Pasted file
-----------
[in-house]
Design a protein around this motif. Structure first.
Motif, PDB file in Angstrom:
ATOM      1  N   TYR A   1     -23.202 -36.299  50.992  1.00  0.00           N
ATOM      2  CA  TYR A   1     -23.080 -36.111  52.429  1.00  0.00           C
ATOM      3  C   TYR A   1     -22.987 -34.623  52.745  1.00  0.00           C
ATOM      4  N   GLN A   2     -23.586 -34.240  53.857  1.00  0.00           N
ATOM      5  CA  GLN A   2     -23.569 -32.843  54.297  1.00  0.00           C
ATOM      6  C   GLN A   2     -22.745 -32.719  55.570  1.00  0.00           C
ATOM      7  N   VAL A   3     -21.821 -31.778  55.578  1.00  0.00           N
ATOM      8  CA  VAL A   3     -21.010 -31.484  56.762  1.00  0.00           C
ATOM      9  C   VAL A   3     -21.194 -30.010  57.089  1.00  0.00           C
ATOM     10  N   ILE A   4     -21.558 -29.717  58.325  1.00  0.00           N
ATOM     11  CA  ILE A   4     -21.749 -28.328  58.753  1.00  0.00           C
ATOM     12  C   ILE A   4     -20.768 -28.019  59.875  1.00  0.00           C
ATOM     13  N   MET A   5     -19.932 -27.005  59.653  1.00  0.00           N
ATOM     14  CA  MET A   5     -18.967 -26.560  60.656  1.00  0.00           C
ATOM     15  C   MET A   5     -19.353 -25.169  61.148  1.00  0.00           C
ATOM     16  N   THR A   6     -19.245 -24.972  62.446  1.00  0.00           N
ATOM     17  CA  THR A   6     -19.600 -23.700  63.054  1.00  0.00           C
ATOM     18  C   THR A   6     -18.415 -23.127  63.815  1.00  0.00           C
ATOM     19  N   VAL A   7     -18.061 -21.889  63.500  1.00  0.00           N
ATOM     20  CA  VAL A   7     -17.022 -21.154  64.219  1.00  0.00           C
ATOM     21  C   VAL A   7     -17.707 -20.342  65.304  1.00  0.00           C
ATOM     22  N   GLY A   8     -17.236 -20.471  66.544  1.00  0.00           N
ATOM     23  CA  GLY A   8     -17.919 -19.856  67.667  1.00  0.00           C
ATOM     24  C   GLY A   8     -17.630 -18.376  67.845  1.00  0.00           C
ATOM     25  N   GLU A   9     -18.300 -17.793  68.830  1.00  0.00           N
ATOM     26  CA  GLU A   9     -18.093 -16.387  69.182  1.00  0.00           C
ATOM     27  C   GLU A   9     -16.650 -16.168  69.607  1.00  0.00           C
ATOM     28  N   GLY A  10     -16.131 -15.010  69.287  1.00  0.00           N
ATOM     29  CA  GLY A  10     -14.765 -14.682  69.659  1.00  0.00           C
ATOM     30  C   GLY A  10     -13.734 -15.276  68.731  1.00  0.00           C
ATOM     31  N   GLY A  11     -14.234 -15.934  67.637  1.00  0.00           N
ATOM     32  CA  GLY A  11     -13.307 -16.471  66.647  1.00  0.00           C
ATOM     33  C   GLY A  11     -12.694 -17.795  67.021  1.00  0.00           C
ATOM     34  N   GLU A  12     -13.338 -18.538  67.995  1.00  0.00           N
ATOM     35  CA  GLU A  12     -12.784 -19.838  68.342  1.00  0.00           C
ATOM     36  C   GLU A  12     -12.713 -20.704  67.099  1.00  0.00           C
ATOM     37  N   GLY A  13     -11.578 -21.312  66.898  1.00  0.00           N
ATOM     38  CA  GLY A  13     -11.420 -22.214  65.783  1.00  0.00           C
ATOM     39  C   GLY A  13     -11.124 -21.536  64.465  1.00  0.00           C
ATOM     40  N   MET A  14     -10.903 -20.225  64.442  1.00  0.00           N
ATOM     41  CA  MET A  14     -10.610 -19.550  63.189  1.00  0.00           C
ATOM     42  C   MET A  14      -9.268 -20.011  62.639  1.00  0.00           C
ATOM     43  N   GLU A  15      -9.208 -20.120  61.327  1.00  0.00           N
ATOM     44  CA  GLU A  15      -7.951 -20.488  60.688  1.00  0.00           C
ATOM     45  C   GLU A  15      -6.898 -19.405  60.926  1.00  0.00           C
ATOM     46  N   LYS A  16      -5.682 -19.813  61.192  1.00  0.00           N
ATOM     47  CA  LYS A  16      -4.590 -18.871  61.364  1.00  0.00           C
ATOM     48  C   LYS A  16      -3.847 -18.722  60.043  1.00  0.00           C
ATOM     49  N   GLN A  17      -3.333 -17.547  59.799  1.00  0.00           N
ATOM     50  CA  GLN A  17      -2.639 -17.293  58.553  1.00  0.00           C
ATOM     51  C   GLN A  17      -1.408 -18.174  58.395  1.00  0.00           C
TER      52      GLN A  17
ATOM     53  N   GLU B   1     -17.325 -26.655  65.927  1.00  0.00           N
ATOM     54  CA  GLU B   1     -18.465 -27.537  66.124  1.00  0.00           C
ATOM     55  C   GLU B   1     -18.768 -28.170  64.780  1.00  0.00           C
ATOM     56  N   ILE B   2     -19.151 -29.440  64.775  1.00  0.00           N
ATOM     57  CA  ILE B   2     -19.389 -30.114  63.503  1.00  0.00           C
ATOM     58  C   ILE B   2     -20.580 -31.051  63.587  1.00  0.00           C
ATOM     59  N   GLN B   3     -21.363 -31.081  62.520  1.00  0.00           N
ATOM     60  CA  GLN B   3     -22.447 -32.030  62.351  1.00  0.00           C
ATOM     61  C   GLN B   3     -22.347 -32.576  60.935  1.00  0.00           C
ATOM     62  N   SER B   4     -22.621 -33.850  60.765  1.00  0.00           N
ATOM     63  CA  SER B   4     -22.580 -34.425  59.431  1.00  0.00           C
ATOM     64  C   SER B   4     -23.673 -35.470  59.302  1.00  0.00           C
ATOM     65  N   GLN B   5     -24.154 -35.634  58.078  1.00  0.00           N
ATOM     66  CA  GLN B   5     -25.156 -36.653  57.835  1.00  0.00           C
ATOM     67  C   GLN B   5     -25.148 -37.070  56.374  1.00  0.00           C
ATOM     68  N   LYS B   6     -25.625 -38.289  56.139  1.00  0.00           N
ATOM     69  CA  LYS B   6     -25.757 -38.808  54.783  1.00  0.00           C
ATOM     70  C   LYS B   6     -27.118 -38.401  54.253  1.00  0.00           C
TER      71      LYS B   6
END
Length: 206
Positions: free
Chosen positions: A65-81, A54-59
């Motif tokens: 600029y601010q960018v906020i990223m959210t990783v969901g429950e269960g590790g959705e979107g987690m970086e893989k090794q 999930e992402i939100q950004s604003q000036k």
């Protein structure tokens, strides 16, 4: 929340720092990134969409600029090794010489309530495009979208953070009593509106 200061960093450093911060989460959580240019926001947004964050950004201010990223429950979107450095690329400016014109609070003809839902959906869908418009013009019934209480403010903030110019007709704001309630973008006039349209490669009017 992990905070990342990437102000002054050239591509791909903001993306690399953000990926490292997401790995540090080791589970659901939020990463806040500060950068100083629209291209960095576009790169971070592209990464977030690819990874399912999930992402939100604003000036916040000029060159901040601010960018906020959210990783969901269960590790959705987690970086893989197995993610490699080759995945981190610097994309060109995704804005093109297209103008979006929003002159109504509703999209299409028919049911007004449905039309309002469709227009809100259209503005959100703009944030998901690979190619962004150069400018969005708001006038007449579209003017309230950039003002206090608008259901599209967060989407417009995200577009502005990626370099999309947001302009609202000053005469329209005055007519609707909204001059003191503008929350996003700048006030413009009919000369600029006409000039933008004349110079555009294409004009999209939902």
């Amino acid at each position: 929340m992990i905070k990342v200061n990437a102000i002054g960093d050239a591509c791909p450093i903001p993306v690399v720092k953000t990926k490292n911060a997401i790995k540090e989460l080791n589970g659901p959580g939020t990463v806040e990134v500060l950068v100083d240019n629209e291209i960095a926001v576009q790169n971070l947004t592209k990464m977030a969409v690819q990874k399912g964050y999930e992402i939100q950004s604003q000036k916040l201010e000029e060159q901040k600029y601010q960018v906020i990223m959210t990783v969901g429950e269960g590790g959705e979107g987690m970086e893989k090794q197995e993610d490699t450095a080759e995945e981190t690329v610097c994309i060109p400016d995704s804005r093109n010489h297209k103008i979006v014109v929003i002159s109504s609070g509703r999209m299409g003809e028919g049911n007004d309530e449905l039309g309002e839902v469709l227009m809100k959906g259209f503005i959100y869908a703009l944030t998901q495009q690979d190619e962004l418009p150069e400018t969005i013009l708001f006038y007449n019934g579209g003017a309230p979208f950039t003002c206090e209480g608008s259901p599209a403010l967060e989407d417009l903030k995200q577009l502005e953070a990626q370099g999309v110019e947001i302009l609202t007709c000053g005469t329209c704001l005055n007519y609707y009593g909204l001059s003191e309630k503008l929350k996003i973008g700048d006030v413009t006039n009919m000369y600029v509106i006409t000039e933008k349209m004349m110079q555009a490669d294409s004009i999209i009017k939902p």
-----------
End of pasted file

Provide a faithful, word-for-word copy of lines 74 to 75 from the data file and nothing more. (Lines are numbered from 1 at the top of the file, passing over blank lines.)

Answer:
TER      71      LYS B   6
END